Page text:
Brian Reifsnyder had to watch.
As a freshman, he had been preparing the entire season for the Dad Vail Regatta. When an illness prevented him from being in the boat, he found a bike as an alternative.
“[I] followed every Temple race, including the women’s that weekend,” Reifsnyder said. “I felt like I worked so hard to be in one of those boats to see what Dad Vail was like.”
In April 2013, just weeks before his first opportunity to row out of the Varsity 8 boat at the Dad Vail, the 6-foot-7-inch crew member was sent to the emergency room, where medical professionals performed an endoscopy procedure by placing a tube with a camera down Reifsnyder’s throat. Doctors discovered ulcers on his esophagus – a diagnosis that prevented him from eating for almost a week and caused him to lose nearly 15 pounds.
One year later, Reifsnyder is preparing for another Dad Vail – this time on water. He and the rest of coach Gavin White’s crew team will compete at the annual event May 9-10 on the Schuylkill.
Reifsnyder, now fully recovered, said he believes that the ulcers he suffered from last year resulted from both academic and athletic stress stemming from adjusting to his first year in college. After spending a couple of days in the hospital, Reifsnyder had to restrain from any physical activities for about a month as he regained his weight.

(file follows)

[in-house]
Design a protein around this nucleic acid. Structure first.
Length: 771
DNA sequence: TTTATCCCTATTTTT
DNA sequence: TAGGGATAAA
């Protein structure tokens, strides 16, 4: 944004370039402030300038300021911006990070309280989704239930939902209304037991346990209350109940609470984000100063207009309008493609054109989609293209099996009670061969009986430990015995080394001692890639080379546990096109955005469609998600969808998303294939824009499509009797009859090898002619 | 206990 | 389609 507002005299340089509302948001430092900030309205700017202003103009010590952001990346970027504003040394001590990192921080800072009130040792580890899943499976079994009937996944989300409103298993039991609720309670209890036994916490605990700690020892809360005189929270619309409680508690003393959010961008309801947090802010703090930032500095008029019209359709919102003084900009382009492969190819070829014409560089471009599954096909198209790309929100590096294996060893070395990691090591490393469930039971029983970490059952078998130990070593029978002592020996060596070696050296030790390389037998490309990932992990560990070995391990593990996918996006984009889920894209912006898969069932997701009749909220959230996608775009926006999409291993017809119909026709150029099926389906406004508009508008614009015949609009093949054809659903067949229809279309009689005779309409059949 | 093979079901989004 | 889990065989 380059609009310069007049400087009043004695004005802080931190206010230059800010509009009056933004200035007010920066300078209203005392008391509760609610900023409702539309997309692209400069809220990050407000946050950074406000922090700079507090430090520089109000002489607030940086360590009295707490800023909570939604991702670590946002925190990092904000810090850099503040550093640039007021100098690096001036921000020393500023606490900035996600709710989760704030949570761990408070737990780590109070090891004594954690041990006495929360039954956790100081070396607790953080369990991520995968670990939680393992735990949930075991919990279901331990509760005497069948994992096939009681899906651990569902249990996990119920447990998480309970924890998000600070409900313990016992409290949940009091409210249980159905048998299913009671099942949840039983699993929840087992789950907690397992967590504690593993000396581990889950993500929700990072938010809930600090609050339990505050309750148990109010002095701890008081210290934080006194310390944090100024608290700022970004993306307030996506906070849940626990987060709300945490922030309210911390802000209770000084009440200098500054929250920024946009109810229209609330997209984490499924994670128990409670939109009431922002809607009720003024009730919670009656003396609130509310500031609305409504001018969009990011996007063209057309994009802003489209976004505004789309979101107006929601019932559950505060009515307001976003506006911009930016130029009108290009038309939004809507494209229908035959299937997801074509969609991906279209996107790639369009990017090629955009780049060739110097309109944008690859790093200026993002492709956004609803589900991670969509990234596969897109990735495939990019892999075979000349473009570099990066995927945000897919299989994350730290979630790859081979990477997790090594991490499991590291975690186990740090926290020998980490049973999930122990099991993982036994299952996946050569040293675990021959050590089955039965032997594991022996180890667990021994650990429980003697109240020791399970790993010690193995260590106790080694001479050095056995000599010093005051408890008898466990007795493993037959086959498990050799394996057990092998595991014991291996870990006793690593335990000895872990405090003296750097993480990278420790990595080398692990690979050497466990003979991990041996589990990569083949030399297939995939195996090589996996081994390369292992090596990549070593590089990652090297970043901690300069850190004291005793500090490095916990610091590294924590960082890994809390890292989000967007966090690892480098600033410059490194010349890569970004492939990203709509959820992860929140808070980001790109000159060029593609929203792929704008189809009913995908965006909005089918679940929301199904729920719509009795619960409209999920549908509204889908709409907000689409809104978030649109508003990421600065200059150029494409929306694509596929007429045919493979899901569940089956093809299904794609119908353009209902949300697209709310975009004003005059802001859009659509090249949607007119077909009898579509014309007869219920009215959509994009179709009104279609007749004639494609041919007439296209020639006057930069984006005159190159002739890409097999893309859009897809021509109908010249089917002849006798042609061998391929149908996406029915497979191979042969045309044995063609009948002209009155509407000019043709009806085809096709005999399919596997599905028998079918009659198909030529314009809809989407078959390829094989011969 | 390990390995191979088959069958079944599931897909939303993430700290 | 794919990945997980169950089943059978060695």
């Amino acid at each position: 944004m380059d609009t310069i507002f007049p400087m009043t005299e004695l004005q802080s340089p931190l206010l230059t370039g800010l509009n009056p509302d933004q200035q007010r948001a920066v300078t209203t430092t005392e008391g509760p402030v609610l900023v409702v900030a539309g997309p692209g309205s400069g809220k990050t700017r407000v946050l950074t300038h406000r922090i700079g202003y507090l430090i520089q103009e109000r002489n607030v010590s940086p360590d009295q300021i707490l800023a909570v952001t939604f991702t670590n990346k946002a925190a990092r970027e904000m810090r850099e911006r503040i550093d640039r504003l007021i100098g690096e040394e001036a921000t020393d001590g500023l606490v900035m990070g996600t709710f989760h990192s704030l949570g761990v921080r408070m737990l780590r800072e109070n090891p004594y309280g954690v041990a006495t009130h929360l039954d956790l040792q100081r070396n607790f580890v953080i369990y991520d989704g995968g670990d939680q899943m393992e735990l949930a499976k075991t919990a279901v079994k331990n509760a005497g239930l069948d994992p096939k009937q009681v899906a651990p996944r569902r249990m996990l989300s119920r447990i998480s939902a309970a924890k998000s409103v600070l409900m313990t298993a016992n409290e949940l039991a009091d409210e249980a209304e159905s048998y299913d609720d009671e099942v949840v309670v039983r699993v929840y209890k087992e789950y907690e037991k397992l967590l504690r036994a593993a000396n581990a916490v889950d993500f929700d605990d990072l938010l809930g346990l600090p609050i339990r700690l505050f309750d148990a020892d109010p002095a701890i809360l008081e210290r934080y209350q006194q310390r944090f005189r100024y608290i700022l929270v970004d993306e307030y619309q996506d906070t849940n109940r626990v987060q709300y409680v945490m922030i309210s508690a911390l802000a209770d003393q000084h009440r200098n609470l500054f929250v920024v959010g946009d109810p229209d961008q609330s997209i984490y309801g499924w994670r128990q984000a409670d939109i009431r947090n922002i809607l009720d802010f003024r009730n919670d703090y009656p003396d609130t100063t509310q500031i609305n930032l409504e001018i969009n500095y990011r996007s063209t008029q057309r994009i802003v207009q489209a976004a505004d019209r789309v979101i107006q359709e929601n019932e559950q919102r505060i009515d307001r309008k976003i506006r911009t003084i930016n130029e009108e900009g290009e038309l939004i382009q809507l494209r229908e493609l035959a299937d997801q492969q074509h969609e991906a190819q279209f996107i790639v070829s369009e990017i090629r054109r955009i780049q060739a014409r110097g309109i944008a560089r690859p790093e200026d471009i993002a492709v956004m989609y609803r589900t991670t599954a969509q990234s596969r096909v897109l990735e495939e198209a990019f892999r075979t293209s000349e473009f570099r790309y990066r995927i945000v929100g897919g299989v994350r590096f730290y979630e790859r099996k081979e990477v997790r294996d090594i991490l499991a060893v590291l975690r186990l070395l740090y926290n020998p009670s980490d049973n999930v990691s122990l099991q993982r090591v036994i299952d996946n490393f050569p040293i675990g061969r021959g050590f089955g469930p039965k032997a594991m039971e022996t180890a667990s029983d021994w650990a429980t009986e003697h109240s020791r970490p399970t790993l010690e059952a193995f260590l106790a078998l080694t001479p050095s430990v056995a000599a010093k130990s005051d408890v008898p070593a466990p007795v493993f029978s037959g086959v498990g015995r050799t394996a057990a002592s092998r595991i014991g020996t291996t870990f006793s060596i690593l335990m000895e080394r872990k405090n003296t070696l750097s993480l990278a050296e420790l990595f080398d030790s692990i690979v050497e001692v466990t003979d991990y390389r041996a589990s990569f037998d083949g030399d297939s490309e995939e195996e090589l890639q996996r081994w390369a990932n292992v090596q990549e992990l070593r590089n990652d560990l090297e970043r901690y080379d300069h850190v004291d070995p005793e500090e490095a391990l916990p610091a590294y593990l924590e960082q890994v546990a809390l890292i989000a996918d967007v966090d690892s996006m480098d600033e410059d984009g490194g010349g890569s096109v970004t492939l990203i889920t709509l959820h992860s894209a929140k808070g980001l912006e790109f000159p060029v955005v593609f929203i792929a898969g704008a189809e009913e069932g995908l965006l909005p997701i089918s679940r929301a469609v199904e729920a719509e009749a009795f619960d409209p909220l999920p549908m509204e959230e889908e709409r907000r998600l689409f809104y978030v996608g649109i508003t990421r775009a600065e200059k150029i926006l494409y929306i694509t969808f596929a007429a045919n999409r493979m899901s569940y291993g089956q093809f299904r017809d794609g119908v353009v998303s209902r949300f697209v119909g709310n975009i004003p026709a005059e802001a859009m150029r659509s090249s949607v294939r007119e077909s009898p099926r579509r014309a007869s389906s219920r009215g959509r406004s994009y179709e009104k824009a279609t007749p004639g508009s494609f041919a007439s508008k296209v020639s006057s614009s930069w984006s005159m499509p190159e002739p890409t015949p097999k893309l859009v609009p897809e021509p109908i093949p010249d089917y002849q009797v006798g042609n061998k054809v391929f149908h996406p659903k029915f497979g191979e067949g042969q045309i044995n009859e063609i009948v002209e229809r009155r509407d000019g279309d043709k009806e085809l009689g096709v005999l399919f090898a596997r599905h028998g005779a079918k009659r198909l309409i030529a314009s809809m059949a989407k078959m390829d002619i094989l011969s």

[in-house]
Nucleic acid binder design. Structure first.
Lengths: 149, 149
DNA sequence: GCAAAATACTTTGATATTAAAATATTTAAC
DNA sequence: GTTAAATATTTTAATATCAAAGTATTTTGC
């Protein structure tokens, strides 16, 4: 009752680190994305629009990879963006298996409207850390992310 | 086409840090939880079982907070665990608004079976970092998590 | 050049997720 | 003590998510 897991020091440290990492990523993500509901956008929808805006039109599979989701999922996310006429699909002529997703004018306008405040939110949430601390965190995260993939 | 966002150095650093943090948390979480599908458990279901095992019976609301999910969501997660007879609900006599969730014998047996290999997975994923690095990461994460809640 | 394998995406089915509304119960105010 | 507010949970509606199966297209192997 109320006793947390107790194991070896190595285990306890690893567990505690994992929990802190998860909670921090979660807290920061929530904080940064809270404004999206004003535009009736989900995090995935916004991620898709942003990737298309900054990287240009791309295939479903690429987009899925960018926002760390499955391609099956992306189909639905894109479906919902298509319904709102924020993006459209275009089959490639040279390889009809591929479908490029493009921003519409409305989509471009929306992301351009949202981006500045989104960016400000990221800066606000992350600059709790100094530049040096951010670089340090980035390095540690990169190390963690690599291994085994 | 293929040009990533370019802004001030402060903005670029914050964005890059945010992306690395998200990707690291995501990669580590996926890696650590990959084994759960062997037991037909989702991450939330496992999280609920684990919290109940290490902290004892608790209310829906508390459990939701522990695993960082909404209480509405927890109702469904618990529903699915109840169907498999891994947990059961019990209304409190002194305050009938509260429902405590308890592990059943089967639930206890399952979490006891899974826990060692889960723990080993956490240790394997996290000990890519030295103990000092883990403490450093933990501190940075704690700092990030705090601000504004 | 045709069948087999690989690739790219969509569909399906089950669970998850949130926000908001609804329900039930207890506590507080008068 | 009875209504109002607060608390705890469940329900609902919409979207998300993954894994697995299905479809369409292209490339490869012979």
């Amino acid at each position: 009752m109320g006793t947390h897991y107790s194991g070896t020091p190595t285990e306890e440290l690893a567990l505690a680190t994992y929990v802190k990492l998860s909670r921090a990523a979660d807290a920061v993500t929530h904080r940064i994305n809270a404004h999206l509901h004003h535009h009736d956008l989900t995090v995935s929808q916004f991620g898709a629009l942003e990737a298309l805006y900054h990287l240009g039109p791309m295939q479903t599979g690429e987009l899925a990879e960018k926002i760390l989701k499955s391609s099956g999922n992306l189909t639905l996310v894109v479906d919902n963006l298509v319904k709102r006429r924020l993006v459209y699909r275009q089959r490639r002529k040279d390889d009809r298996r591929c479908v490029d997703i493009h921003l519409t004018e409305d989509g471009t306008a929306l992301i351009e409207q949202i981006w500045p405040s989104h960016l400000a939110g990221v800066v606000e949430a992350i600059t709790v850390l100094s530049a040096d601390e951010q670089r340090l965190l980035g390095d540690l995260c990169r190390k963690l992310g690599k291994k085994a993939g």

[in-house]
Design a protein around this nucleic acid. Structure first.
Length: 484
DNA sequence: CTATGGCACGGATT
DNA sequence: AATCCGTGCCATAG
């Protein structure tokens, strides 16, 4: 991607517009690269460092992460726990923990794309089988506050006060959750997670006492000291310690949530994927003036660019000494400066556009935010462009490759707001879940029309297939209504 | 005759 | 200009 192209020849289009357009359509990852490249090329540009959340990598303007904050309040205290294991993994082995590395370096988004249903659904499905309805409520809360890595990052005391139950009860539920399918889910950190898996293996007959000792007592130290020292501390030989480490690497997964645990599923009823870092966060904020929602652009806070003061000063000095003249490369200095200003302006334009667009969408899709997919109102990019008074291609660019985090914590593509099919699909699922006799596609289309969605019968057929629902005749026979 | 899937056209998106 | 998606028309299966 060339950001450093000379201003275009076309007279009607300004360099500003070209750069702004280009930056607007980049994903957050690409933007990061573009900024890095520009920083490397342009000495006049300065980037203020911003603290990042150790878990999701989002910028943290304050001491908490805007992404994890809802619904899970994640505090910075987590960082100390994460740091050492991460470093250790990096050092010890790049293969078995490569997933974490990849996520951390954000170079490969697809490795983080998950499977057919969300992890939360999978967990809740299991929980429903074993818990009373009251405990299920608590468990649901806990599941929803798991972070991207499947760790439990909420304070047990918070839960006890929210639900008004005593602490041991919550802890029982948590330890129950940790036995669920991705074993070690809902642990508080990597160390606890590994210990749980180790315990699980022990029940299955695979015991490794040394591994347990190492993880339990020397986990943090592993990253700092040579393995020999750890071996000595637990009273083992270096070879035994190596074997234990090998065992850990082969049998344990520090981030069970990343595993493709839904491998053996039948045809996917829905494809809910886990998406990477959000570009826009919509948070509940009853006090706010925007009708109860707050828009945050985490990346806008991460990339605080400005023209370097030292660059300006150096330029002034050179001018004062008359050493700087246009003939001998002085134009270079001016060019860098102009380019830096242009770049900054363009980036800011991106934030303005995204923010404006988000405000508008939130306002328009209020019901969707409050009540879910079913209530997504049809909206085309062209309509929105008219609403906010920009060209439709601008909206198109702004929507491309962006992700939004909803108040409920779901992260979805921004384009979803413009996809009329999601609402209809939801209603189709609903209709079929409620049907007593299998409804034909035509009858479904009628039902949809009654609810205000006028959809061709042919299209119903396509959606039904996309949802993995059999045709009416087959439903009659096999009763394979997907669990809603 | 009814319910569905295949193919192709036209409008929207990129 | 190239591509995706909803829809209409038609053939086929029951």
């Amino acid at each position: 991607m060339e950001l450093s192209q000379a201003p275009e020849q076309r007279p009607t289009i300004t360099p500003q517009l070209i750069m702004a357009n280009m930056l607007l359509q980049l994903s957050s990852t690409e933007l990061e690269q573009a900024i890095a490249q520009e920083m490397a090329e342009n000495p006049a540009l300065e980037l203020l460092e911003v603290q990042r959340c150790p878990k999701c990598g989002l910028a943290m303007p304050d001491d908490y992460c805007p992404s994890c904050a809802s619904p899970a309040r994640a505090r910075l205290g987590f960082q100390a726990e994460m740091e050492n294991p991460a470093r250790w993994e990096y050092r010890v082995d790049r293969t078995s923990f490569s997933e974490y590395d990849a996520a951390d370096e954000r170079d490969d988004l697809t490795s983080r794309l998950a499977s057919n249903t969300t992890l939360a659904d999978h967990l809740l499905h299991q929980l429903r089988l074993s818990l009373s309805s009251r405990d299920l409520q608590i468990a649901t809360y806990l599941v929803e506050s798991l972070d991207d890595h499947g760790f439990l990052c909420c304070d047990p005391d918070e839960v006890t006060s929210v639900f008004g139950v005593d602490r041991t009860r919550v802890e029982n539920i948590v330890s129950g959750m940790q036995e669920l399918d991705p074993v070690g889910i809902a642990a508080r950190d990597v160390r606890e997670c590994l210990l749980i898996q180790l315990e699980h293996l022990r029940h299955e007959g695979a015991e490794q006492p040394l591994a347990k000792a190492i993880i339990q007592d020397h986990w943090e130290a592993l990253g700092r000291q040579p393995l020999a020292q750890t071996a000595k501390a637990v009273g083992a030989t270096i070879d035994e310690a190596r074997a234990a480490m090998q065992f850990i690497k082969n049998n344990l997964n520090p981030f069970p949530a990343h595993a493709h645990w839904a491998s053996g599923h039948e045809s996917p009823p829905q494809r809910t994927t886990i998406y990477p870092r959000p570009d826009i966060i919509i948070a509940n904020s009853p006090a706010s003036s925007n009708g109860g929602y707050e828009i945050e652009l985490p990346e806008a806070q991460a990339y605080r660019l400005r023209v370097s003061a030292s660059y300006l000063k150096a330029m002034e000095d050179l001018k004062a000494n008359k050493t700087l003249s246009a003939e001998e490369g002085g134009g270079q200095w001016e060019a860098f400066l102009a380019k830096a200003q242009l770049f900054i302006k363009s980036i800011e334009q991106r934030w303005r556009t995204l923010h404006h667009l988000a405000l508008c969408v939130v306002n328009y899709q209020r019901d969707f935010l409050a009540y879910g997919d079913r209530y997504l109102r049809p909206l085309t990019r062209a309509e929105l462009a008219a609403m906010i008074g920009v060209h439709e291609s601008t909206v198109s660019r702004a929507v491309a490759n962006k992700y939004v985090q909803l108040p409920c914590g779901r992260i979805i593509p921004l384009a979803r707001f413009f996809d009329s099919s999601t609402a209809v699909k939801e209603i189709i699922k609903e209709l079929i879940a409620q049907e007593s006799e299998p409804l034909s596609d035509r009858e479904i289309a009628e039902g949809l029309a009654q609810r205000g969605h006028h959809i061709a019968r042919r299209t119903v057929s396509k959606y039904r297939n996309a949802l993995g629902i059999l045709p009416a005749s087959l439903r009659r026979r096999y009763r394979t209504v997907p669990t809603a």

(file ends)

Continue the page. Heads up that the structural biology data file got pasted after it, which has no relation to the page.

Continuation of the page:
Reifsnyder spent the remainder of the season on the banks of the river, which as assistant coach Brian Perkins said, caused difficulties for the Varsity 8 boat.
“When Brian got sick, we had lost a guy, a big, strong kid, who had earned his way in there and was gelling with the boat,” Perkins said. “To lose him at the last minute affected all the boats.”
“It really impacted that boat, but it also impacted the entire program,” Perkins added.
The Varsity 8 boat did not make it out of the semifinals of the Dad Vail in 2013.
Now in his second season on the crew team, Reifsnyder has regained his seat on the Varsity 8 boat and made strides both academically and athletically in what has been an eventful season thus far.
Just days after the Board of Trustees approved a plan to eliminate the crew program last December, Reifisnyder rowed to a personal best on the ergometer machine, an indoor rowing machine, at 6,000 meters.
“Coach White’s workout plan is working,” Reifisnyder said with a laugh.
When the Owls raced against Bucknell and Williams on the Schuylkill in March, Reifsnyder reminded co-captain Zephyr Dippel that it was his first time racing at 2,000 meters on the Schuykill.
“I know he is real hungry,” Dippel said. “More so than other people. When he talks about being able to race in the Top 8 in the Dad Vails [he] gets a whole new serious race face. You kind of don’t recognize him for a second. That’s when you know he means business.”
Although it has been close to year since Reifsnyder was diagnosed with ulcers on his esophagus, he still takes medications to prevent any other developments. Reifsnyder said he is not deterred as another opportunity is quickly approaching to row in the Dad Vail.
“I want to be able to say I won the Dad Vail my first time racing in it,” Reifsnyder said.
Danielle Nelson can be reached at firstname.lastname@example.org.